By Jacob Katel
By Laurie Charles
By Nate "Igor" Smith
By Abel Folgar
By Kat Bein
By Jacob Katel
Rane and Serato revolutionized the DJ game — and lowered chiropractor bills — with the introduction of their Scratch Live software. The new club standard, it allows DJs to play a hard drive full of MP3s in real time on a pair of turntables through a piece of hardware and coded vinyl.
This year the two companies have done it again and gone even more multimedia, with the new Video SL application. It creates a full multisensory experience, allowing audio and video to be mixed simultaneously through a similar program, while still using turntables and vinyl via the Rane TTM-57SL mixer. Total Recall, Back to the Future, Demolition Man — it's all here.
"There's nobody that incorporates it into a single mixing system like we do," explains Rane's national sales manger, Michael May. "So many people understand Serato already. Here you can manipulate video in real time just like you manipulate audio using the same controls in Serato." No need to carry around tons of equipment or a bag of DVDs; all a DJ will require is his or her basic gear, a TTM-57 mixer, and a laptop, and it's showtime. Debuting at the NAMM Show last year, and already in use by select DJs including Mike Relm, who is currently on tour with Blue Man Group, the software is brand-new and can be demoed at the Rane website if you have a TTM-57 mixer.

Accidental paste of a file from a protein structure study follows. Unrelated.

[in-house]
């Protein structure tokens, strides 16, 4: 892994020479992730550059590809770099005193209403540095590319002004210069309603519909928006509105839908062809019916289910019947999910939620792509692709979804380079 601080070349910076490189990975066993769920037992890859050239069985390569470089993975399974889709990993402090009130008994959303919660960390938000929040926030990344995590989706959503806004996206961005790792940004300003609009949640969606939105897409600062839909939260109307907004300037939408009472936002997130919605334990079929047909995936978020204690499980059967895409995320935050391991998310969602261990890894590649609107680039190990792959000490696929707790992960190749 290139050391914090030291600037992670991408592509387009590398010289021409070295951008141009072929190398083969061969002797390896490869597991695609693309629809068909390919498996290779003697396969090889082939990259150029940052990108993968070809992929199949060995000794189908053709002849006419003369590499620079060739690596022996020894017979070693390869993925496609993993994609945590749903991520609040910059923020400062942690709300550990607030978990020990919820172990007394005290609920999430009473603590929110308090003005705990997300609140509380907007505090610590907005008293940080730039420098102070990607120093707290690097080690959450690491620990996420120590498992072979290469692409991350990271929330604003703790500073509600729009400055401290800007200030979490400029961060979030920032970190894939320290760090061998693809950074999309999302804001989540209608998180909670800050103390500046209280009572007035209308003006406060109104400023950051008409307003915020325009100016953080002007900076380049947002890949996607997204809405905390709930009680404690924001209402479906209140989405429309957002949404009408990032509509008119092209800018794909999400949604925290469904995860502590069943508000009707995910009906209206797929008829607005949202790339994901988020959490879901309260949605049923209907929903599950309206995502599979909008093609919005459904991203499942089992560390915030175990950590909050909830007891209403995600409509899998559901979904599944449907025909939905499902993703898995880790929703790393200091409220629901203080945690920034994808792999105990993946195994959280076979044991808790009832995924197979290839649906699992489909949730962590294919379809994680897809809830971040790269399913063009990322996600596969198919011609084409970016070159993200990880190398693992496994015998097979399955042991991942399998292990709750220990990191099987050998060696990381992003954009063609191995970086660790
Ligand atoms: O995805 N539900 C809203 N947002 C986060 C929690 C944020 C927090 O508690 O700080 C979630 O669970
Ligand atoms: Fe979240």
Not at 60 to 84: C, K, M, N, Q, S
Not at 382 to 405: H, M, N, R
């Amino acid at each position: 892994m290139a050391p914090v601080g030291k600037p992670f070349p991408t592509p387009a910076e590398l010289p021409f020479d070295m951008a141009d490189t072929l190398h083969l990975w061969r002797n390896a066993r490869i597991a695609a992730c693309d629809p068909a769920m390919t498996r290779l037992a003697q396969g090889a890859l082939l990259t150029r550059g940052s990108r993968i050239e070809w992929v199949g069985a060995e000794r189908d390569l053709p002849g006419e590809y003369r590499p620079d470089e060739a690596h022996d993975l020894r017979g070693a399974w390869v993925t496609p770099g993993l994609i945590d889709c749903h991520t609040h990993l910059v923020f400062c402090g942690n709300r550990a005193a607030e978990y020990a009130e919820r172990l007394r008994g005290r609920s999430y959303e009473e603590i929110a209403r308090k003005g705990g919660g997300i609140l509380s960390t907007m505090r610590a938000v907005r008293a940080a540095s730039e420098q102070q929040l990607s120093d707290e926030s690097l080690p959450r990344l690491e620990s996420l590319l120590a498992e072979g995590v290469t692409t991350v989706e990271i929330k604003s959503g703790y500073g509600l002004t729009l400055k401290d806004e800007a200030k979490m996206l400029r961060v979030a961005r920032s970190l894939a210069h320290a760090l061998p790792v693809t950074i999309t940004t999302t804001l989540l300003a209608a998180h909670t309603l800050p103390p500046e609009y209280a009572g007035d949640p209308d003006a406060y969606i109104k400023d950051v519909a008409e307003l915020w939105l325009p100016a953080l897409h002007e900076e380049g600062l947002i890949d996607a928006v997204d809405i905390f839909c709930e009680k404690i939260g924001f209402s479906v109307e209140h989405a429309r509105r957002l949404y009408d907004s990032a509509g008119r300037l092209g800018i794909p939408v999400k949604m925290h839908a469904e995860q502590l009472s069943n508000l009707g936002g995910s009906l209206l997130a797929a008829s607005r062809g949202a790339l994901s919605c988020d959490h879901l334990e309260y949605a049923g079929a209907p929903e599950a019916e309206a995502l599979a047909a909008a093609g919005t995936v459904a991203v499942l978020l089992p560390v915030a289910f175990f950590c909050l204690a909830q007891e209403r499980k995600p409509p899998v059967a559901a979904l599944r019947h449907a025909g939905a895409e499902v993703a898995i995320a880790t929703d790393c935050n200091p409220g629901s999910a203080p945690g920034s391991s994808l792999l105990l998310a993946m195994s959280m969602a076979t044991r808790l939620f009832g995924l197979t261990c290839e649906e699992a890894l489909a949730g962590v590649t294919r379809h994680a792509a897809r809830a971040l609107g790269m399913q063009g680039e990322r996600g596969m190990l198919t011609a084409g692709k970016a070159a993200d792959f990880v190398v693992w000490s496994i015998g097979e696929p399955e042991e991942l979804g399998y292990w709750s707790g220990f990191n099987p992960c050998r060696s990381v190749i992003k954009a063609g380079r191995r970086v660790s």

For the uninitiated, this means you can cut up George Bush giving his State of the Union address, or take the latest Kanye West video and swap his lyrics for Billy Idol's, while juggling a James Brown boogie and Shakira's salt-shaker. The creative options are endless. According to Rane/Denon-sponsored, Miami-based DJ K-N-S: "It's changing the game to make it more accessible for DJs to step their game up and be more of a one-man show. Now with Serato video, more DJs can incorporate video into their sets without breaking their pockets." It will be only a matter of time till this technology fully transfers over to the nightclub scene, where DJs will be able to take clubgoers' eyes and ears on a trip through their record and DVD "crates."
However, while most disc jockeys are just getting acquainted with this new software, Columbus, Georgia's DJ Roonie G has been repping for Pioneer and its DVJ setup for more than four years, garnering the title the world's premier video turntablist. With close to 25 years of experience on the decks, Roonie holds down residencies for his video sets in Vegas, Los Angeles, and Atlantic City, and has been nominated for VJ of the year at the Club World Awards this WMC. "Five years from now, you're going to walk into a room and if you don't have video, people are going to be like, 'Where's your video?' You have to believe in the music first and foremost, but you have to embrace the future, and video is where it's at," Roonie says.
Going from Halloween clips to Chris Rock stand-up and Matrix special effects, Roonie will be debuting Pioneer's brand-new mixer at the company's booth at the Remix Hotel, from March 27 through 30. The SVM-1000 features a touch-screen monitor and framework that allows you to mix audio and video simultaneously on DVD decks. But with a $6,000 price tag, it's definitely the Bentley of the bunch. "This mixer combines everything into one. Pioneer has worked for me; Serato really just came out with video," says Roonie. "We're in a multimedia society, so its only natural to be DJing with visuals." DJs, you know what to ask for come the holidays.